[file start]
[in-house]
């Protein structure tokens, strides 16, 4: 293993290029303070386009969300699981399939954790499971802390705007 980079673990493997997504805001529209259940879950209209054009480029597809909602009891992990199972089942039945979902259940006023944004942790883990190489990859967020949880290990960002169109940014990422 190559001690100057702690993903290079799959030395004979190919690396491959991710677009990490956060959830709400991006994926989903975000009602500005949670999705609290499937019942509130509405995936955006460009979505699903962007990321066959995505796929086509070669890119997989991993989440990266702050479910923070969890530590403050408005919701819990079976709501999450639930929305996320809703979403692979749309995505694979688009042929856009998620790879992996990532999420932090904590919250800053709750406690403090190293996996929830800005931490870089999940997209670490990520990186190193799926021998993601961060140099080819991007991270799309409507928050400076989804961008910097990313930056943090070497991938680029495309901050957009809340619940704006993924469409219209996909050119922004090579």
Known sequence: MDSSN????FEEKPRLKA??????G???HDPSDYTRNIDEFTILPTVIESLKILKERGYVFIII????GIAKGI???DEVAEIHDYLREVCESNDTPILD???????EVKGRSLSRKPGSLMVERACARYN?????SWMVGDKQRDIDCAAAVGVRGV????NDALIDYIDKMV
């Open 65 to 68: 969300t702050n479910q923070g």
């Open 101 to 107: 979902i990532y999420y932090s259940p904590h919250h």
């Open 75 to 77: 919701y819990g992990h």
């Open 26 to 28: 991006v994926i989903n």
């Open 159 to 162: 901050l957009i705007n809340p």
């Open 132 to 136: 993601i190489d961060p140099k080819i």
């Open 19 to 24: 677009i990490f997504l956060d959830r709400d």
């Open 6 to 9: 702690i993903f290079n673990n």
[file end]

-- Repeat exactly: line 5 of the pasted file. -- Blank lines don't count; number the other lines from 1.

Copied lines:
């Open 101 to 107: 979902i990532y999420y932090s259940p904590h919250h």